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On the other side of the tomb is King Tut himself. He doesn’t look like a boy king anymore, but his presence was definitely felt inside the tomb. Maybe they’re still afraid of the curse of king tut, or maybe it’s to make money from charging people to go look at him, but they left the body inside indefinitely. Oh Egypt.

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It was such an amazing morning, we know we’re so lucky we got to see the things we saw. So much history in one little valley.
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We wondered, why would they pick this valley to bury their pharaohs? They believed that pyramids was the way to afterlife (directly to the sun). But pyramids became too risky since tomb robbers knew where to spot the treasure. But the top of this mountain looked like a pyramid! Perfect! Disguised AND still an express train to the sun.
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While we were driving out, we saw archeological crews still digging. I wonder what amazing things still have yet to be discovered.
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My memory is a little fuzzy on this one, but I think this is the Temple of Ramses. (The ordinary people were too afraid to go anywhere near the tombs, so they built temples to honor them instead).
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After that, we stopped quickly at the Colossi of Memnon. These were built in 1350 BC.
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There was quite a history behind these statues, they’ve been through a lot over the past 3,500 years.

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I love tour books, I always want to know what I’m looking at. lol NERD!
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Then we took the bus to one of the highlights of the trip… the Temple of Karnack.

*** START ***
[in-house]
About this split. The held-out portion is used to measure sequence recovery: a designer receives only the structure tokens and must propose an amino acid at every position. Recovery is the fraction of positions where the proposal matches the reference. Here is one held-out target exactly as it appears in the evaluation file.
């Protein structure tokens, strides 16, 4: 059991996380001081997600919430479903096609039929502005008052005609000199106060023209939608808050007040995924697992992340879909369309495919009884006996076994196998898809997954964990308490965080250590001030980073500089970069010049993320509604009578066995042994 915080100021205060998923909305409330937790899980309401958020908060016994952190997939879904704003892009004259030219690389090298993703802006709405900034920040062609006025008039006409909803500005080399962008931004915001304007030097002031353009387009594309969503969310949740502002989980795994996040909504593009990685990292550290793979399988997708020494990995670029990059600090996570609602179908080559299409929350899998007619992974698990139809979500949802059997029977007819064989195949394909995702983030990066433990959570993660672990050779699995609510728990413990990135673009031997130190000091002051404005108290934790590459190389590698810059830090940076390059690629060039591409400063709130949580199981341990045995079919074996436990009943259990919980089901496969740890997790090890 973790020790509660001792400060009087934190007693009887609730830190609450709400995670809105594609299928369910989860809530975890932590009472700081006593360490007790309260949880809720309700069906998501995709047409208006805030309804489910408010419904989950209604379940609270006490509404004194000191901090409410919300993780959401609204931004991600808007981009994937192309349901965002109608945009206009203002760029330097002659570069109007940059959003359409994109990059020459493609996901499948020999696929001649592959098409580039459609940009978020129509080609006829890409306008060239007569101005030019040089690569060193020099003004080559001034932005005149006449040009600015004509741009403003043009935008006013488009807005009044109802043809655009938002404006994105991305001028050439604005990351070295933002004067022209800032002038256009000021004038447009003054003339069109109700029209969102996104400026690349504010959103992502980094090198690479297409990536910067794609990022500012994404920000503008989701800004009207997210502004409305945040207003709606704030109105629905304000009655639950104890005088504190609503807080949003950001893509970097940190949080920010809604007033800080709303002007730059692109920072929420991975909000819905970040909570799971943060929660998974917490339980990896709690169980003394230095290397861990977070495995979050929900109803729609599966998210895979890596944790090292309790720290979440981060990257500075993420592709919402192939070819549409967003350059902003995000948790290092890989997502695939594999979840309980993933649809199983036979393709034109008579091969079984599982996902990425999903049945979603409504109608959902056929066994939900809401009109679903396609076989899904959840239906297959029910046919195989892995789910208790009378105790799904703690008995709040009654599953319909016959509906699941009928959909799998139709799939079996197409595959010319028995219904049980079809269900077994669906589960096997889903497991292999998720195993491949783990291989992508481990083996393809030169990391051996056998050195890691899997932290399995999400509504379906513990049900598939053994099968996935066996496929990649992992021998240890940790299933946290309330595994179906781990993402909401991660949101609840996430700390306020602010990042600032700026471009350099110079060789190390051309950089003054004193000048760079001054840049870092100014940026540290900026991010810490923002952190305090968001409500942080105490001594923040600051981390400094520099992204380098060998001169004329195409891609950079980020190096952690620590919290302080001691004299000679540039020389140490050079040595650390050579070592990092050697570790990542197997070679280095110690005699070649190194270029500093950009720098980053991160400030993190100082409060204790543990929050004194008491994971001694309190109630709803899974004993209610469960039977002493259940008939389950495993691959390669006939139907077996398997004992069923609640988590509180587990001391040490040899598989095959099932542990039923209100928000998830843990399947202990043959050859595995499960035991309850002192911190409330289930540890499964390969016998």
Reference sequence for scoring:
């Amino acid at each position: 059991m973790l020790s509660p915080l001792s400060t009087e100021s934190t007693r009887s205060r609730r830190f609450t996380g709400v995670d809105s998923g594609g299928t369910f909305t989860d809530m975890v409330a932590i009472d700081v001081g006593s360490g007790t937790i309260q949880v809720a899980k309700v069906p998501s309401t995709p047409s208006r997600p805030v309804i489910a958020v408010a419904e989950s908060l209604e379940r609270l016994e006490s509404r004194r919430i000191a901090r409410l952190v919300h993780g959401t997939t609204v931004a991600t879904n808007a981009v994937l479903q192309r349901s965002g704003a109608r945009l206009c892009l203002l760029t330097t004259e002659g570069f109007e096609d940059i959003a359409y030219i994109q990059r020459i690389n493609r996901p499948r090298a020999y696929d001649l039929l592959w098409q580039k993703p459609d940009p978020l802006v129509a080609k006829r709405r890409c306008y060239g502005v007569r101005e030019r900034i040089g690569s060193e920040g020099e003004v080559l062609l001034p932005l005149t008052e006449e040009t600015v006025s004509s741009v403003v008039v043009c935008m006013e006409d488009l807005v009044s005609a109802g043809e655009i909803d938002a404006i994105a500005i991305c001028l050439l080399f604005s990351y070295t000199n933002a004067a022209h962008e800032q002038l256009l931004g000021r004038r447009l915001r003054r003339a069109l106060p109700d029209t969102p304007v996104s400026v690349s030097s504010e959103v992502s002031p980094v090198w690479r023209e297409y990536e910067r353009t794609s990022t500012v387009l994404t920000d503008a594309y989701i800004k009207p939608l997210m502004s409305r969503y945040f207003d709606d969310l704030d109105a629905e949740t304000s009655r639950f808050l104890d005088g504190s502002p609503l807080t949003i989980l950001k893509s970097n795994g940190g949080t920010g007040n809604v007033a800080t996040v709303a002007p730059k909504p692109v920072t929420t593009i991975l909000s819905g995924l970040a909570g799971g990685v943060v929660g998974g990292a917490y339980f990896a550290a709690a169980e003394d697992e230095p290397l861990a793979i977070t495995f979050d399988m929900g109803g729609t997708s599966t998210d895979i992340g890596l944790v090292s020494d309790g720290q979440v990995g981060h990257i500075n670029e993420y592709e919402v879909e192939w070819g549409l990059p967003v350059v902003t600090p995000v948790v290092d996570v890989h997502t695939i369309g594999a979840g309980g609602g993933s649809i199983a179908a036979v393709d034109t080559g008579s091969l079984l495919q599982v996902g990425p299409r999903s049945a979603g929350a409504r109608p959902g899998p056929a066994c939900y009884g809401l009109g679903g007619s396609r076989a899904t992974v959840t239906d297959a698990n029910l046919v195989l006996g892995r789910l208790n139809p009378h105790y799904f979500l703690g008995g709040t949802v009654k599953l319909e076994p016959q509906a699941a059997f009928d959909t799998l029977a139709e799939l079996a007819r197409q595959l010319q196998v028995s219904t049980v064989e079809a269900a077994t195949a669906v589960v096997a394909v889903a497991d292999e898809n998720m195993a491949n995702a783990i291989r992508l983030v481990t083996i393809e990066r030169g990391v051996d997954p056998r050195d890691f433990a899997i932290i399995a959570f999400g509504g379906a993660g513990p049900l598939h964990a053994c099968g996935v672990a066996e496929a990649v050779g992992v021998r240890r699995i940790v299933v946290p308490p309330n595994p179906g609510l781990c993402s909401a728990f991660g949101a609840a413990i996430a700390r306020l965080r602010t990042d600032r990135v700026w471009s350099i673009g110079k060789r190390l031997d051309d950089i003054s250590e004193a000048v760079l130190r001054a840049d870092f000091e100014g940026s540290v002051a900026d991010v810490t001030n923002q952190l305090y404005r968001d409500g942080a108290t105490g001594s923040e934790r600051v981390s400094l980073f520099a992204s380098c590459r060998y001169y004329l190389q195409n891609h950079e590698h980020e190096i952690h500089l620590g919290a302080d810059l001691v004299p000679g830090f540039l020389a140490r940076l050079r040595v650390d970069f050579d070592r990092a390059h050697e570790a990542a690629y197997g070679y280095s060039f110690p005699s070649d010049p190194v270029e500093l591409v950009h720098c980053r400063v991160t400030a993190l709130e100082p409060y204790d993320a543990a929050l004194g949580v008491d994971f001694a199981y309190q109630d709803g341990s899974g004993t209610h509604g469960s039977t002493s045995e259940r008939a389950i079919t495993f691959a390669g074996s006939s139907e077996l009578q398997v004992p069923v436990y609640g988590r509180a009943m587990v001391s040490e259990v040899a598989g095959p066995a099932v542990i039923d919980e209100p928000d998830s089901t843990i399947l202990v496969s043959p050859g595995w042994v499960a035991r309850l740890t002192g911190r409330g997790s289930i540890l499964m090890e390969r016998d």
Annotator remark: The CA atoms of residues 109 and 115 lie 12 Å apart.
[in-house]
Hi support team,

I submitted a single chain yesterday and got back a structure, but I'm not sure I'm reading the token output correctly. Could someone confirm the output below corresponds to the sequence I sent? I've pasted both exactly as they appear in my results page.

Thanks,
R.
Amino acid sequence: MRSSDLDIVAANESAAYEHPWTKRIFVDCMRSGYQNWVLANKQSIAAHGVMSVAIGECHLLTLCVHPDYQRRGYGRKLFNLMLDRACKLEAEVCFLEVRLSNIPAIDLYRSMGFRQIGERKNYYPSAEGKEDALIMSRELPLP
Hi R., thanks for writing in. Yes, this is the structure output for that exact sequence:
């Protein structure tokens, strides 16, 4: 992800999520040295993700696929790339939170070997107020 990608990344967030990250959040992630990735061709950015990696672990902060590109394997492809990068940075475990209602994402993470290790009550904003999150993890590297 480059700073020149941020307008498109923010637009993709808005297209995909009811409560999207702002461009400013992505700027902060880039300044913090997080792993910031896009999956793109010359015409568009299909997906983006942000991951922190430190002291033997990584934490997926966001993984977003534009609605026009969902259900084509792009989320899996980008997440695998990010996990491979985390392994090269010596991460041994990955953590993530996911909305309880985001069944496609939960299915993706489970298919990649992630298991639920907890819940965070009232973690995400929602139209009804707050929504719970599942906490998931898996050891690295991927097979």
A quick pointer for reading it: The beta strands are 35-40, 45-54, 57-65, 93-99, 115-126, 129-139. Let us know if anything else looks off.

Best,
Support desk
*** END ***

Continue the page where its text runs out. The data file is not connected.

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Sherif, our tourguide, led us back in time when he described the wonder inside.
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This was a view looking back towards the Nile. Before they built the dam, the nile used to flood all the way up to where I took this picture!
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Leading up to the main entrance was a row of Ram heads.
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Each ram had a god under it’s head. Partly to give the rams spiritual protection, but also to physically support the stone so it didn’t crack. Genius, no?
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Inside was a huge statue of Ramses II.
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Around the temple were giant walls. And they built these walls by creating mud ramps. After it was complete, they’d remove the temporary ramp… but in this temple, they stopped building before they had time. You can see it here…
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Inside the temple are huge pillars. They built these by filling the interior with sand as they built, then they’d climb up and keep building. When it was done, and the roof was on, they cleared all the sand out.